Many people use the term March Madness and I’m never sure whether they’re referring to the NCAA basketball tournament or the excitement brought forth by St. Patrick’s Day, with its parades and general good will. We were in Savannah and were amazed at the size of its parade. We soon learned that it’s the second biggest one in America. In Georgia. Who knew?
One hundred years ago, in 1916, Easter Sunday fell on April 23. That morning the Irish rebels stormed Dublin’s General Post Office and took possession. The English counterattacked immediately, and the fighting was fierce — the battle for Irish independence had begun. Early the next morning, Commandant-General P. H. Pearse proclaimed the birth of the Irish Republic; the mayhem didn’t cease until 1921.
Yeats wrote: “Too long a sacrifice can make a stone of the heart … I write it out in a verse / MacDonagh and McBride / And Connolly and Pearse / Now and in time to be / wherever green is worn / are changed, changed utterly / a terrible beauty is born.”
There have been many Irish authors over the years. Their books aren’t necessarily about Ireland, or even Irish people, but all seem to have that lilt, that careful regard for the possibilities the English language offers.
Colm Toibin’s charming ‘Brooklyn’ became a movie and an Academy Award nominee, Anna Quindlen (‘One True Thing’) and Alice McDermott (‘Charming Billy’) have a gift of portraying normal people in a way that touches us, that feels familiar. Pete Hamill has the gift, as does Colum McCann. And we’re not only talking about upright citizens — the nasty characters in George V. Higgins’ ‘The Friends of Eddie Coyle’ are wonderfully nasty, as are the bad guys in Dennis Lehane’s ‘Mystic River.’ Irish authors bring you in and lure you on.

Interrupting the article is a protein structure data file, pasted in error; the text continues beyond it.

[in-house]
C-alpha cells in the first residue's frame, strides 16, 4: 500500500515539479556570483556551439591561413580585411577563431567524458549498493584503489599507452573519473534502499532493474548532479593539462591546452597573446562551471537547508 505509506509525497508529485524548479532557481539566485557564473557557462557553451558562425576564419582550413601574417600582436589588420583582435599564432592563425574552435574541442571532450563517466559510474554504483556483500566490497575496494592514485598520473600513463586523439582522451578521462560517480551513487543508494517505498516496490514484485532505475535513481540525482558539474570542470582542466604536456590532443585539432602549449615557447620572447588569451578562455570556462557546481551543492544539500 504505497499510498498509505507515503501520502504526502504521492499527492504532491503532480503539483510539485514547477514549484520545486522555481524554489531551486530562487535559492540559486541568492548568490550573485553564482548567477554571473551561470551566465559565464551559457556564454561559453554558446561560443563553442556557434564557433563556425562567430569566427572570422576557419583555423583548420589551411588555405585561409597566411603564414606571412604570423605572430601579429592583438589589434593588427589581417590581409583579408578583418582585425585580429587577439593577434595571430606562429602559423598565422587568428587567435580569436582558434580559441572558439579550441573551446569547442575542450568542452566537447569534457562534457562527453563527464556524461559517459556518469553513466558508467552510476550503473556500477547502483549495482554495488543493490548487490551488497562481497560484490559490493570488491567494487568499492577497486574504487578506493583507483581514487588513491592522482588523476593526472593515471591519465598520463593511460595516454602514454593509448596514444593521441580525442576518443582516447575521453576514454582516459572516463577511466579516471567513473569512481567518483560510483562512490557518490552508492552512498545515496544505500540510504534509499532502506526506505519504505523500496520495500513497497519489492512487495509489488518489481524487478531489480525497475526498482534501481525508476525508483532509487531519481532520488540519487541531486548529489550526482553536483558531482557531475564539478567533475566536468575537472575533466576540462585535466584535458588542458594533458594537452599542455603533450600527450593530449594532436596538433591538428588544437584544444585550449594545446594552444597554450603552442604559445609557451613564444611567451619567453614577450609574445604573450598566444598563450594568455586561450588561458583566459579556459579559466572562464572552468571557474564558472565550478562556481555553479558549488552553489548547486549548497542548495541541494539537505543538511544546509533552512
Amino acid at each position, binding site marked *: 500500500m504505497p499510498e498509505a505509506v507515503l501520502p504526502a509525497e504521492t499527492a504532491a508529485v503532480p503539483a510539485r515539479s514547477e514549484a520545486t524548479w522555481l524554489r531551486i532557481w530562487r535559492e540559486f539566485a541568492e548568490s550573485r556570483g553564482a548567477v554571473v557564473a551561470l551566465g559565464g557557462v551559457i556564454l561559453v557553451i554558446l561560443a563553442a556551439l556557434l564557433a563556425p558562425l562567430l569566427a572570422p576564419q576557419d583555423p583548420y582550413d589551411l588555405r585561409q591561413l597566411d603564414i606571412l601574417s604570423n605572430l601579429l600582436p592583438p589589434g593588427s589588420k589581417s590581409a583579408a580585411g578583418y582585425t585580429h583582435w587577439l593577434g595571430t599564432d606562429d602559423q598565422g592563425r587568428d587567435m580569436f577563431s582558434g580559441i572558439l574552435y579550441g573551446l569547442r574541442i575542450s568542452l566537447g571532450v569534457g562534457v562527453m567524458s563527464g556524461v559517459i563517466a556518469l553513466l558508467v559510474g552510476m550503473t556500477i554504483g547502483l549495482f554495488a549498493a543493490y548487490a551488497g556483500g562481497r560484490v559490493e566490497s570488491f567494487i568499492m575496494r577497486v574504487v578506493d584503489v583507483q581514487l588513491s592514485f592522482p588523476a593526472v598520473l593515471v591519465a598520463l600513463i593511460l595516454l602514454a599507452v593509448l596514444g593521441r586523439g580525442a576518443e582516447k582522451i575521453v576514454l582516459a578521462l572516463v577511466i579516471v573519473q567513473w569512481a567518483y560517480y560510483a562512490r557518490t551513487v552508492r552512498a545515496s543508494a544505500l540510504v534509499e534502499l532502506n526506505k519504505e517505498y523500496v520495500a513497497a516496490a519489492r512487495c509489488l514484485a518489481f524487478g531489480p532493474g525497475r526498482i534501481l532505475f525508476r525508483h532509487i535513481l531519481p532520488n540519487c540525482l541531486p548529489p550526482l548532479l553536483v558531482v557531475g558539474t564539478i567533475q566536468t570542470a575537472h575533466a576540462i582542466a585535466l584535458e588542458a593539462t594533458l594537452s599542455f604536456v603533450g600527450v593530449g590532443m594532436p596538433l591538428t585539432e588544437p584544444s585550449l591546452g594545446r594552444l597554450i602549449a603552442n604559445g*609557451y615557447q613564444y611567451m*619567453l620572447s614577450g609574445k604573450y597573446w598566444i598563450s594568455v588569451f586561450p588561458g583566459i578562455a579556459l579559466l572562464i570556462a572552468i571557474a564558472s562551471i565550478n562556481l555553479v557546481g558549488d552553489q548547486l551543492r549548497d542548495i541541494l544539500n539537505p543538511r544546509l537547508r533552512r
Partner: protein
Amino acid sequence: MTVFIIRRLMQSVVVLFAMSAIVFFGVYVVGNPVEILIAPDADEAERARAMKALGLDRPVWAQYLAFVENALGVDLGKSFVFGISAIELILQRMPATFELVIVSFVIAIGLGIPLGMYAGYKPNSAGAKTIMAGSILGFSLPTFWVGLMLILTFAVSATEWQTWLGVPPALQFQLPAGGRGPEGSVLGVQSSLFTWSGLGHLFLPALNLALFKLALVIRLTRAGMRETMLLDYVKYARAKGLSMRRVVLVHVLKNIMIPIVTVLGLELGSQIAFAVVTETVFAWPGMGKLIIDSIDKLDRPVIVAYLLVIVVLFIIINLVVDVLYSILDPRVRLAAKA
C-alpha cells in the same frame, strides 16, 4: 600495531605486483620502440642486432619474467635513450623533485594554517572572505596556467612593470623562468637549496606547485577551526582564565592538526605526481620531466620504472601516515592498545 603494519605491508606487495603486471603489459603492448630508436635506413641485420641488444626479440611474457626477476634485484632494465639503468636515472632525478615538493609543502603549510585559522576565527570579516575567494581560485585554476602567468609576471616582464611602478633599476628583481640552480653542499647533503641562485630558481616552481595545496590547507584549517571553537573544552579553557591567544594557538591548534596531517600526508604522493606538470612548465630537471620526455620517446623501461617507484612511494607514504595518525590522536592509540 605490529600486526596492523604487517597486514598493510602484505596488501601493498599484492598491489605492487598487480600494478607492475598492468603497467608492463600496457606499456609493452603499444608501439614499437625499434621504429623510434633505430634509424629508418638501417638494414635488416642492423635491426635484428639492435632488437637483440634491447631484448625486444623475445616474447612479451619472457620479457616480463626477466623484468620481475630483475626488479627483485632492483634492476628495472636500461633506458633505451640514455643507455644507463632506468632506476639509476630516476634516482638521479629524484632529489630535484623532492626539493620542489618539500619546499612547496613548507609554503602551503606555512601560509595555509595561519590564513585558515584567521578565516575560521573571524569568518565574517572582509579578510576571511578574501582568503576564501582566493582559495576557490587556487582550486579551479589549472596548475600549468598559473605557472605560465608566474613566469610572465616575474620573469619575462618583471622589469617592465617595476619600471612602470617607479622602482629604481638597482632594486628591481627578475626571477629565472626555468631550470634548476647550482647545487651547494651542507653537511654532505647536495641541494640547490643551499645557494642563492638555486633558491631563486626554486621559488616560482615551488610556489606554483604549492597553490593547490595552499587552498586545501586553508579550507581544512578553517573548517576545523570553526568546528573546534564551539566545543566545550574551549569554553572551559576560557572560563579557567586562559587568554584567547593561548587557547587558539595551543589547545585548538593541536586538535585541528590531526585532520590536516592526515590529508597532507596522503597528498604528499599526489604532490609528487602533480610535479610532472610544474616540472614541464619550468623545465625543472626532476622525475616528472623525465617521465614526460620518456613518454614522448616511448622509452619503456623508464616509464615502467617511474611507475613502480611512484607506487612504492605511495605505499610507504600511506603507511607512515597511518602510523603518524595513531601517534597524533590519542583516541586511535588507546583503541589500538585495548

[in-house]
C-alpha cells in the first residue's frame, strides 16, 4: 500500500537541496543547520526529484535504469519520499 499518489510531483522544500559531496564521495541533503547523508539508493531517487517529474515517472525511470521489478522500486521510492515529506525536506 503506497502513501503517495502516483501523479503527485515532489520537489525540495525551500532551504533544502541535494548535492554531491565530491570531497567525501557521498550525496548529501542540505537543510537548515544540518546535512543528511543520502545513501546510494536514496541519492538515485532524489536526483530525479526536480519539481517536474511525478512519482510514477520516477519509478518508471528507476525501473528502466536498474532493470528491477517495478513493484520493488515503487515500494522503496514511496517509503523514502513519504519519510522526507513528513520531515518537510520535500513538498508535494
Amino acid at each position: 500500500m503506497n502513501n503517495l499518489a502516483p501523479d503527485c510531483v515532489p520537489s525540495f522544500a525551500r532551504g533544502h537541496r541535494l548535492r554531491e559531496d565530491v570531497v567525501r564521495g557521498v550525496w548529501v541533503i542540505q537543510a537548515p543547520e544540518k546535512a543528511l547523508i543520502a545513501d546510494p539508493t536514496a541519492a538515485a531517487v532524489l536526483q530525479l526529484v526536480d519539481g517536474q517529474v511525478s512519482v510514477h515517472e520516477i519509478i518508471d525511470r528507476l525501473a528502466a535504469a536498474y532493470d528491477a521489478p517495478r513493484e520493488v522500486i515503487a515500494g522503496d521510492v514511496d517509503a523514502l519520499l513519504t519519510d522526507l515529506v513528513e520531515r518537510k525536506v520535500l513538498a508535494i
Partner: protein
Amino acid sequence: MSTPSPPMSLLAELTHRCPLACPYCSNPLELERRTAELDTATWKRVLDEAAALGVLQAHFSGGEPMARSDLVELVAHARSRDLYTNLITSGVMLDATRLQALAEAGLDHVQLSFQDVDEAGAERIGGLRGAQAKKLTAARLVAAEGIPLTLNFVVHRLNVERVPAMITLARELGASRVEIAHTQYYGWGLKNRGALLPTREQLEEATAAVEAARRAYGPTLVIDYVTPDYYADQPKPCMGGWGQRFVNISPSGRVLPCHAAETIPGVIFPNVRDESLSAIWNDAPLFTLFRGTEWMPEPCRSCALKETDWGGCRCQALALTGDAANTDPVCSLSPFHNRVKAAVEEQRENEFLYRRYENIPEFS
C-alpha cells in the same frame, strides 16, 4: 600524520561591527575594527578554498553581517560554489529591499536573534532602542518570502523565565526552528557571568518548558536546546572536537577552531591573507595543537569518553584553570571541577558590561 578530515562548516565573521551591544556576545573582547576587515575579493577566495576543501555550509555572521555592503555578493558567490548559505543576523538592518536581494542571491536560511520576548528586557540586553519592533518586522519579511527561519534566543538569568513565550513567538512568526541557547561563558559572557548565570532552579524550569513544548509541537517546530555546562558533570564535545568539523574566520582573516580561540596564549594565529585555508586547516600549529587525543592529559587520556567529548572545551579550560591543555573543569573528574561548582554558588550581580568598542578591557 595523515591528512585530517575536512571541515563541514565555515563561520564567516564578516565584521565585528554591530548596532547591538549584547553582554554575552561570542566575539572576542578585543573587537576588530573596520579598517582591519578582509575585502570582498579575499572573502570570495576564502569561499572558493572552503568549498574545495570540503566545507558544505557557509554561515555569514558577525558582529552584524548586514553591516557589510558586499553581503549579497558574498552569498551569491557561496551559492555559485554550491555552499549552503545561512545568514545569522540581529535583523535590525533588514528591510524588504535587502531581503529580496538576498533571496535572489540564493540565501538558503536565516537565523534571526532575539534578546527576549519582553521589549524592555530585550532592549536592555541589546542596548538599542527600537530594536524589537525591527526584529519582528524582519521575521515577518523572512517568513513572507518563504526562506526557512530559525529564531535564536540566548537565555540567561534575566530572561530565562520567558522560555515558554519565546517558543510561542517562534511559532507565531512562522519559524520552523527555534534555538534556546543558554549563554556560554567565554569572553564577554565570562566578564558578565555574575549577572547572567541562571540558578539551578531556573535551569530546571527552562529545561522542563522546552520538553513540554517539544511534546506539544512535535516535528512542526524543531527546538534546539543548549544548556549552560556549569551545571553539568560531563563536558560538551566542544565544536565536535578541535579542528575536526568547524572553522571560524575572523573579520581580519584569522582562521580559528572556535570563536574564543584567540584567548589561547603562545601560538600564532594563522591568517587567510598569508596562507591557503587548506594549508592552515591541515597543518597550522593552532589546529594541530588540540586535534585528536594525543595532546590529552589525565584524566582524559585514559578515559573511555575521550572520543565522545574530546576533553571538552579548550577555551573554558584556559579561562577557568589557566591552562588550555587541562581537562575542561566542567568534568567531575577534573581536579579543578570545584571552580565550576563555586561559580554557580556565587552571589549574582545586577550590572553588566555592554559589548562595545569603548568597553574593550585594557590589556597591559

I couldn’t find much fiction about basketball, but two good authors showed up: David Halberstam — ‘Breaks of the Game’ and ‘Playing for Keeps’ — and Mike Lupica — ‘Travel Team’ and ‘Hot Hand’ (these two sound suspiciously like teen fiction). There were more than enough “I want to thank my mother …” autobiographies.
While we’re on basketball (which we called underwearball up in the Bronx), here are 12 professional players that might appear in a lineup: James, Jerebko, Wade, Harvoni, Nowitzki, Ajinga, Duncan, Belsomra, Curry, Hezonja, Anthony, Orencia
The thing is, only nine of them are names of NBA players, the other three are oddly named prescriptions that are pervasive on television. Can you spot them — the medications we’re urged to take unless we happen to be pregnant or have a lung or kidney problem, a blood pressure or constipation problem, an ulcer or diabetes problem, a heart or arthritis problem, a chest pain problem or if our belly button has somehow become unbuttoned? I’m dubious, but ask your doctor about Porzingis.
Anyway, I hope you had an upbeat St. Patrick’s Day even if your mother didn’t come from Ireland or if you think Galway Bay is in Cleveland. And a bit of Jameson’s can boost anyone’s day.
Mr. Case, of Southold, is retired from Oxford University Press. He can be reached at [email protected]